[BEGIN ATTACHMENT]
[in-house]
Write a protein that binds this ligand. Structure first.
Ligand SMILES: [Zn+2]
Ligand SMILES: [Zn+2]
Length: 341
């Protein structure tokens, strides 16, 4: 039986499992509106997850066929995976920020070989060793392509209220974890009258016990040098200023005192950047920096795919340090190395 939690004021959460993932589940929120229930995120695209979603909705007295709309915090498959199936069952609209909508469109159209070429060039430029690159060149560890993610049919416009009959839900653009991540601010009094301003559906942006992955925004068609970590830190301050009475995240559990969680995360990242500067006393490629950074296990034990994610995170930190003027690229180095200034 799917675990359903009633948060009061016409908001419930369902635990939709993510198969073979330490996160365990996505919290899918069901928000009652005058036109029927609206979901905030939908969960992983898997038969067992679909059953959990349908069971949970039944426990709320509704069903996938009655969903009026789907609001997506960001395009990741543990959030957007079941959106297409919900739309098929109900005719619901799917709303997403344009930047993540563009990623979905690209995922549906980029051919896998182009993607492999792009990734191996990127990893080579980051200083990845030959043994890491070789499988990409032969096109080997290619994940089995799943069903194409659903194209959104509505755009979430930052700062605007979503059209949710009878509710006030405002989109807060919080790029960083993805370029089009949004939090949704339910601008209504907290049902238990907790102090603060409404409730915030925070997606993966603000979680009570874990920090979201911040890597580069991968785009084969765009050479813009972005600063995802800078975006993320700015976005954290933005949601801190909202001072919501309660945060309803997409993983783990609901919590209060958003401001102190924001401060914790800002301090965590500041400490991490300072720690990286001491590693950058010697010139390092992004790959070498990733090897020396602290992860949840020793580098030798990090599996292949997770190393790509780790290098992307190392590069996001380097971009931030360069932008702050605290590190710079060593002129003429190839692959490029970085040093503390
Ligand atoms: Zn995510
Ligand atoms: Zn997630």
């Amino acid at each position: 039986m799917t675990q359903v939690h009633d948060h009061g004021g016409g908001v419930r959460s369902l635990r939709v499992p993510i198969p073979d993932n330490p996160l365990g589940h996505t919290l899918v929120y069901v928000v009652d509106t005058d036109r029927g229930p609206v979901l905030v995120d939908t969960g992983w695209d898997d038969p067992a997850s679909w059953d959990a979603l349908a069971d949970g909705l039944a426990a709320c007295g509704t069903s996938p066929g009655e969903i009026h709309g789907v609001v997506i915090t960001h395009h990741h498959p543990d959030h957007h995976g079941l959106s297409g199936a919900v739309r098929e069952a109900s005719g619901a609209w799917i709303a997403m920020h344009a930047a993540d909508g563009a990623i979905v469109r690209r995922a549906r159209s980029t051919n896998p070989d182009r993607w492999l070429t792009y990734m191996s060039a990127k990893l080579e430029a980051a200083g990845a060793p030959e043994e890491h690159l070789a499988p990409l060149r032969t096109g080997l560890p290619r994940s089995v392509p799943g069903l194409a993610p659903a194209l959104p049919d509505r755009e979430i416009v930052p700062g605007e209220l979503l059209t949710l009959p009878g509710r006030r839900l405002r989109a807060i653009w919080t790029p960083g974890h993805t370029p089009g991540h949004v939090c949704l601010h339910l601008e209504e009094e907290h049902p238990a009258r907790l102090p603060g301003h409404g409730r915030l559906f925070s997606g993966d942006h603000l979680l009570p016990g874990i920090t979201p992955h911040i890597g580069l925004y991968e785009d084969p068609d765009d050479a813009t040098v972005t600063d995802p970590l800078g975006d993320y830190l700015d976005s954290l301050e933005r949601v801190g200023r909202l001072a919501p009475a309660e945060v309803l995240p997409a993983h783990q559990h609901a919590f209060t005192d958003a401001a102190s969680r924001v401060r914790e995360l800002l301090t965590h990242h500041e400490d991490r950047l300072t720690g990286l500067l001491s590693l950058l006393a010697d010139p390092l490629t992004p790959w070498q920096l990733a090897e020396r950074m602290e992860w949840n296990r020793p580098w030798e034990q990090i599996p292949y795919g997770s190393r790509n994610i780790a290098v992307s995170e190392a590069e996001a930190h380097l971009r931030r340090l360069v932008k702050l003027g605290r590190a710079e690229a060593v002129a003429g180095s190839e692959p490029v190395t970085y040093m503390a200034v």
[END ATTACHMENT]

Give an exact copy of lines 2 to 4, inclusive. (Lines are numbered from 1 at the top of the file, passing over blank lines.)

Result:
Write a protein that binds this ligand. Structure first.
Ligand SMILES: [Zn+2]
Ligand SMILES: [Zn+2]